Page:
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Tour de France: Jambon Report - GC Preview
By Locutus
Date: 6/28/2004
Tour de France: Jambon Report - GC Preview

I have a strange feeling that this Tour will be extreme. It will either be extremely predictable, with Lance Armstrong and Alessandro Petacchi showing everyone else a good view of their backsides, or it will be completely unpredictable, with riders emerging from obscurity to steal the show (like Cunego in the Giro) and well-known riders having the rides of their lives (like Honchar and McGee in the Giro). I could write this preview about how Lance is going to stomp everyone, but I've done that for the last two years. You've already heard all my Lance bravado, and besides, history tells us that six Tour victories is impossible for any man. Anquetil, Merckx, Hinault, and Indurain couldn't do it, so until we see it done, it's supposed to be undoable. Therefore, for the sake of a more interesting read, and to avoid offending the gods of cycling, I'm going to go with the extremely unpredictable Tour scenario. So here it is, my half-hammed attempt to predict the unpredictable.

General Classification: The Top Ten
  1. Tyler "Nails" Hamilton (Phonak). Yes, Tyler. The "Master of Disaster" got 2nd in the 2002 Giro d'Italia and 4th in the 2003 Tour de France with fractured bones. This year, I've got a feeling that Tyler will keep the rubber side down, stay injury free, and show us what he is truly capable of on the roads of France. Everyone talks about Jan Ullrich and Roberto Heras and Iban Mayo, but Tyler is the one who is really Lance's worst nightmare: he's a pure climber who can time trial with the best of them. Also, he rode next to Lance during his first three Tour victories, and so he knows his old boss well. Did you see the ass-whupping he laid down this year in the Tour of Romandie? How about that ride in the Dauphiné Libéré last month, where he was the closest man to Mayo in the time trials despite still not being at his peak? His team also looked extremely strong in the Dauphiné, and they will be united for one purpose in France: get Tyler to the podium. He won't win in a walk-over, but he'll squeek out enough time to make this one of the closest and most memorable Tour victories of all time.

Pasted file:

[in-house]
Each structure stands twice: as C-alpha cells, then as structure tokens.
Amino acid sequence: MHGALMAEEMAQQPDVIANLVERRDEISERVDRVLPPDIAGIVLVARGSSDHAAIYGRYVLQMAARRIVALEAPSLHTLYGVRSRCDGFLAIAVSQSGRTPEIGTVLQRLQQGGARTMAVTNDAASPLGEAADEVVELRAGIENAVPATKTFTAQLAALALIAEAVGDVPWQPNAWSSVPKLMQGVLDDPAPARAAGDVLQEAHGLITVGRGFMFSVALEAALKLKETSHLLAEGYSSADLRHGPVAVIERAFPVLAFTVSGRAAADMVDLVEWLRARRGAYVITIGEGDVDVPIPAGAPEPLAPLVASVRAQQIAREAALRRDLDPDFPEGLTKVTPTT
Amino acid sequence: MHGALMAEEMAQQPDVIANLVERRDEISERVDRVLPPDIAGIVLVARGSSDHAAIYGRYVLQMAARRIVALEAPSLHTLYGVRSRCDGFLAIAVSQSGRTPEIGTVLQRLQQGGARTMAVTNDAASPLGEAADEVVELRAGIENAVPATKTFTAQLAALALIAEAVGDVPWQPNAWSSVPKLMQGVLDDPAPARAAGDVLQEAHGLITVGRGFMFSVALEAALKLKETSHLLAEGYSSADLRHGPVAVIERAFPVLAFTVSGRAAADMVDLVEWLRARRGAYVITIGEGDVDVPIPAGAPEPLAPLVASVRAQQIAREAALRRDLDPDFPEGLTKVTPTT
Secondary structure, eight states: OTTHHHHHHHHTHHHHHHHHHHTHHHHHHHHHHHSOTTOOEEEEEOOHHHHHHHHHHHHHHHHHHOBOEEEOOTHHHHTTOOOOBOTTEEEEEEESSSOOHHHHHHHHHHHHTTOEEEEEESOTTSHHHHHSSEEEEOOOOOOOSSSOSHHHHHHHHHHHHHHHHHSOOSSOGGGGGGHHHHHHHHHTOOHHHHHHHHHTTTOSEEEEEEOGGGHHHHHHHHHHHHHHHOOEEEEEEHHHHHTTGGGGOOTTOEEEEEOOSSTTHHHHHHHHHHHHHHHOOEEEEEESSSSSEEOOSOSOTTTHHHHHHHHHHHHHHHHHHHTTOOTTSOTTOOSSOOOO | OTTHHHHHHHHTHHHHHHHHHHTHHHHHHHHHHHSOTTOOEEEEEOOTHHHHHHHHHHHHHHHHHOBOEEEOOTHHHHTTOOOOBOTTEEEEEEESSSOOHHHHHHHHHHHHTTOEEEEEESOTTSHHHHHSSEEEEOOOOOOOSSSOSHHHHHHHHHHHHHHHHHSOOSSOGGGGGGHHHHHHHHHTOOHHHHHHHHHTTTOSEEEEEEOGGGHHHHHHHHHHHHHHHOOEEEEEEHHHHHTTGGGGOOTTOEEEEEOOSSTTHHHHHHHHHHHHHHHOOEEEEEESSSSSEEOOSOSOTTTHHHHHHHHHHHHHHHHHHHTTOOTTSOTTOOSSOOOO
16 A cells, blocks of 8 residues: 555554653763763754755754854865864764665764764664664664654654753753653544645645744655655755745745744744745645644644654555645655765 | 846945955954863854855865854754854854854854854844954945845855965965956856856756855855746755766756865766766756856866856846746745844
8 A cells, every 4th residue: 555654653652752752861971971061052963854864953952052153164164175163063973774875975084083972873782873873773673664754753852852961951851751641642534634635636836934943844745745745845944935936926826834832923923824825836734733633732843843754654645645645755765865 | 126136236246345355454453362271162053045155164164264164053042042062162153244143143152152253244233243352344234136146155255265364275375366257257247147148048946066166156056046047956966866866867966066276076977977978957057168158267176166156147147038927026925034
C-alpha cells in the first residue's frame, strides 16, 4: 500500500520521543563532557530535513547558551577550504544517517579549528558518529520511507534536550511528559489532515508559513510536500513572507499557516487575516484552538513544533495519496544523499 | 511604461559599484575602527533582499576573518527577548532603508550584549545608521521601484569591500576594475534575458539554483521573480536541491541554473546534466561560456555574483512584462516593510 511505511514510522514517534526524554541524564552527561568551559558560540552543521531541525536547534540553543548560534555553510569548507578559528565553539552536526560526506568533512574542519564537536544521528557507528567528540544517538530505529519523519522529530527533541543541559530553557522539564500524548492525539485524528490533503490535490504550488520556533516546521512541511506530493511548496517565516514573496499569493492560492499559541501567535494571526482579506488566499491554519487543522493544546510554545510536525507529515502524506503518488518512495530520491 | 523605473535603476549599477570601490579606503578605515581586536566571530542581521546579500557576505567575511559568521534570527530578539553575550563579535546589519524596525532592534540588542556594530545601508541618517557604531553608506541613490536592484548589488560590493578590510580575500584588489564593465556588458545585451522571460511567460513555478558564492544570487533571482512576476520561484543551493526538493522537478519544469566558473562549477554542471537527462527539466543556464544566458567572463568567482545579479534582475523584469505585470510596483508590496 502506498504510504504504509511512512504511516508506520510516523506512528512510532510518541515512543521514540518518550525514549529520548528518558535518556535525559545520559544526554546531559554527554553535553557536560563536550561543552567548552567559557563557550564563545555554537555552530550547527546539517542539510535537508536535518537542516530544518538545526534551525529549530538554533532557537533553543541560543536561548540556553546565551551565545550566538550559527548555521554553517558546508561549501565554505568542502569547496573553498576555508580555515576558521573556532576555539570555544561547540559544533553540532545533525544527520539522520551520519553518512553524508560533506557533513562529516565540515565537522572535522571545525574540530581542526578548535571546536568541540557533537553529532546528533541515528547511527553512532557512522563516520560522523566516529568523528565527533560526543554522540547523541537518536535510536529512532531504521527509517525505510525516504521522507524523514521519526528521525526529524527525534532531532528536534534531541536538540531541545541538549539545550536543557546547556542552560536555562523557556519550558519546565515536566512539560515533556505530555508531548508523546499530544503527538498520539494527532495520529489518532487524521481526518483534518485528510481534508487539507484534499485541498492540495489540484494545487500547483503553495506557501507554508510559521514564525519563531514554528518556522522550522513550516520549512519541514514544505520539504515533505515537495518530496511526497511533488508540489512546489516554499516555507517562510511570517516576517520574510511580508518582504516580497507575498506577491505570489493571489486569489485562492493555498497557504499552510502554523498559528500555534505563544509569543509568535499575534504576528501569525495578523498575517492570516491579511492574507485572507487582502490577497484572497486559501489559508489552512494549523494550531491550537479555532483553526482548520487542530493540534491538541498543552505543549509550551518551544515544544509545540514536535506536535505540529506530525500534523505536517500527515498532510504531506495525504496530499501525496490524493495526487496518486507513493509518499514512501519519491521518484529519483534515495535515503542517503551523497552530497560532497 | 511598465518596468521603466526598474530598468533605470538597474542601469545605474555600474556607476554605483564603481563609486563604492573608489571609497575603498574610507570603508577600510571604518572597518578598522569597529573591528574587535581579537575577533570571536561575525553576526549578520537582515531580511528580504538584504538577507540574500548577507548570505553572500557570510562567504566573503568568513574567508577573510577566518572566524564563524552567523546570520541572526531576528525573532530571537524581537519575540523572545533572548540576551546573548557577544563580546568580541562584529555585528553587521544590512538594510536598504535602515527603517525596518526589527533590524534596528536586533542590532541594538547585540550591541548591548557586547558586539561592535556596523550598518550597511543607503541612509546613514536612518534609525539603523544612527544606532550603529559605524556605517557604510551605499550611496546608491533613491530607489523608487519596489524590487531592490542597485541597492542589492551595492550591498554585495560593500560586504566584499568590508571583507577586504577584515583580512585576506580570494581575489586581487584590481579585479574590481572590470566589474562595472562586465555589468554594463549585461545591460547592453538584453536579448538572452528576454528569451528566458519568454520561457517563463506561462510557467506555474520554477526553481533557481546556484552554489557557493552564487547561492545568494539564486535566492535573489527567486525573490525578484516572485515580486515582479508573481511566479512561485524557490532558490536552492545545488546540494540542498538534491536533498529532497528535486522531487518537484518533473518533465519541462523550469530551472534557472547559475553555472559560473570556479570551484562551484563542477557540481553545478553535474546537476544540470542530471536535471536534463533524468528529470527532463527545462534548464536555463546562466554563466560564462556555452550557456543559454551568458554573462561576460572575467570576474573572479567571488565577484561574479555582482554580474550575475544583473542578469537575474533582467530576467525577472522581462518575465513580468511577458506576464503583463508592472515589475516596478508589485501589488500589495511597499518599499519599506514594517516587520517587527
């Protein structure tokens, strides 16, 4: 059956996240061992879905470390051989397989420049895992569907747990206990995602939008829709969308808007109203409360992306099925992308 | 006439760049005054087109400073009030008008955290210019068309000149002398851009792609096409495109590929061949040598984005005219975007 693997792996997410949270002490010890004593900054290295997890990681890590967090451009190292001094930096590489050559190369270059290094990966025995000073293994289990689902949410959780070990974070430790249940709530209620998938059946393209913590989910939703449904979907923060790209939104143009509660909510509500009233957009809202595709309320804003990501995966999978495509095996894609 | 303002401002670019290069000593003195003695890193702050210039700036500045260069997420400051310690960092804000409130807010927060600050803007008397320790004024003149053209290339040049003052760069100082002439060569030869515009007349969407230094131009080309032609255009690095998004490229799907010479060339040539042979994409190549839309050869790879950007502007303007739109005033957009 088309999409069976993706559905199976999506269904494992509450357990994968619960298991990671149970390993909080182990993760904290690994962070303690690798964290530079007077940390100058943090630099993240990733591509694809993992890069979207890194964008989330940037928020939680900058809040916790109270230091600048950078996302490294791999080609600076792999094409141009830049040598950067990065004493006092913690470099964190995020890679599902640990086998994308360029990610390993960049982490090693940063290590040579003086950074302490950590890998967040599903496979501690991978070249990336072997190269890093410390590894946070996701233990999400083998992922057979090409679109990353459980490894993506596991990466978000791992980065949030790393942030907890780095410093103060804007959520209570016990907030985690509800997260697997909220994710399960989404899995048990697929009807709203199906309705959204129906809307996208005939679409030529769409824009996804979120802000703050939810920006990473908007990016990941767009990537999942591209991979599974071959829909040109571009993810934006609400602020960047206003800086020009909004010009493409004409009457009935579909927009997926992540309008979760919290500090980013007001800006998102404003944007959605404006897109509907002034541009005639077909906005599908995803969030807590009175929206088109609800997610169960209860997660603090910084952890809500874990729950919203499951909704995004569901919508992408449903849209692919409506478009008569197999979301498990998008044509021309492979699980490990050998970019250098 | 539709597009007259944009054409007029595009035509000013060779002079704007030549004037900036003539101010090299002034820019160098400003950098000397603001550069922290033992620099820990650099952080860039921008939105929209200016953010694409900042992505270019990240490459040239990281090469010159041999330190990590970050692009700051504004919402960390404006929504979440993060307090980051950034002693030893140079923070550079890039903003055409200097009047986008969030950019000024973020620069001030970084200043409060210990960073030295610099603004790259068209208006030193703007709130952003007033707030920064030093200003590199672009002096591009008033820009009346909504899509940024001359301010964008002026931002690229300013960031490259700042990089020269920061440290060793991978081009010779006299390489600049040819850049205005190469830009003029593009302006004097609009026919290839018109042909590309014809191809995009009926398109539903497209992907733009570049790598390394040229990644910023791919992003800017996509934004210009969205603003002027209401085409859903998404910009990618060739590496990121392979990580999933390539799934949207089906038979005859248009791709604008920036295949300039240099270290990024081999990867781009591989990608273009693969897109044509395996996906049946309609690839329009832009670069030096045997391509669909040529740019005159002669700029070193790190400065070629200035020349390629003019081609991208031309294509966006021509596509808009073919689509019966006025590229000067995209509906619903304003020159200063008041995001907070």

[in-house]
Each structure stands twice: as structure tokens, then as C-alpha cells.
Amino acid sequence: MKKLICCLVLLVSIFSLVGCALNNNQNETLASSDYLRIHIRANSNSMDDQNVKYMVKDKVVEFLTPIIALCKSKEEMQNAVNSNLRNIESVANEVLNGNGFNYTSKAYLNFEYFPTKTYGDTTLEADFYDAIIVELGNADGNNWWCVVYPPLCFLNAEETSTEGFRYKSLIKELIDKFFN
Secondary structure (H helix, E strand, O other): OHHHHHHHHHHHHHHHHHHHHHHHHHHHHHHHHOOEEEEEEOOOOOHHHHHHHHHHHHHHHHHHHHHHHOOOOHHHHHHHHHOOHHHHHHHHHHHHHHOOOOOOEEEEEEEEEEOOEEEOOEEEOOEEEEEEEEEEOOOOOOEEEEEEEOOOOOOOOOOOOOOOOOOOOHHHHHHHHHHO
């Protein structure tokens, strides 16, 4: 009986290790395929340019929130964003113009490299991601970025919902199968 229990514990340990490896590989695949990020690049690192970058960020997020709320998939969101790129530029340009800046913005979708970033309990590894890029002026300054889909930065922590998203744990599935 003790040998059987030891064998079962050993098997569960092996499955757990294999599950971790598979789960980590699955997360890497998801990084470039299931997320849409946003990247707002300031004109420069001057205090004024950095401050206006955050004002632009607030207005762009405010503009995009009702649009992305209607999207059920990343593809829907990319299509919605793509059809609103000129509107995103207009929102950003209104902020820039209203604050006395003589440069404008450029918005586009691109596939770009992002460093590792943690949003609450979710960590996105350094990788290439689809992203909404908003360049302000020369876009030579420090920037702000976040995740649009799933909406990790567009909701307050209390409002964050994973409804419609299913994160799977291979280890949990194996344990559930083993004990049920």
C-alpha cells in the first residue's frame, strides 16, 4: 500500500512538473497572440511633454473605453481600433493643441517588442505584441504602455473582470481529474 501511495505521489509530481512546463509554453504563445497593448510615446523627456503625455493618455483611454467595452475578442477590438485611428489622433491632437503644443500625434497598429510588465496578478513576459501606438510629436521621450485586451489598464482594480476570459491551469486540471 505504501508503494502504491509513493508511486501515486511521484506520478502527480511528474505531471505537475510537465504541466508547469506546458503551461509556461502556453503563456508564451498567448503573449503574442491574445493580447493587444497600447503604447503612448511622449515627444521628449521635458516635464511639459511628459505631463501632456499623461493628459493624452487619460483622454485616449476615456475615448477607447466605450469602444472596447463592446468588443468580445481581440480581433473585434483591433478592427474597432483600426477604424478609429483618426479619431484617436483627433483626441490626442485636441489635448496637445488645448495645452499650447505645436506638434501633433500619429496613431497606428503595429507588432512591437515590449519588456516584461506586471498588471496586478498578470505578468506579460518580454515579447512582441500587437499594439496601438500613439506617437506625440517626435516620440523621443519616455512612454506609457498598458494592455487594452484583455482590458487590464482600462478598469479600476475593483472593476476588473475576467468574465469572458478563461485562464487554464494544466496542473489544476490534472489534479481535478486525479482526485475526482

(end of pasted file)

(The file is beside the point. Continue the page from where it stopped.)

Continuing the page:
2. Lance "El Jefe" Armstrong (U.S. Postal presented by Berry Floor). What, you think I'm stupid? Lance is clearly the man to beat in this race, and if he doesn't win, it won't be by much. He has the experience, the focus, and the strongest and most dedicated team in the race. Last year he suffered both physically and emotionally, and he still won. His performance in the Dauphiné Libéré last month had many people muttering that he's lost it, as Mayo and Hamilton looked much stronger than the Texan. However, "El Jefe" made clear that he burned too many matches in the 2003 Dauphiné, and this cost him in the Tour. This year he's saving it all for the roads of France, where he will be focused, angry, and at the top of his game. History says that nobody can win six, but if anyone can defy history, it's Lance Armstrong.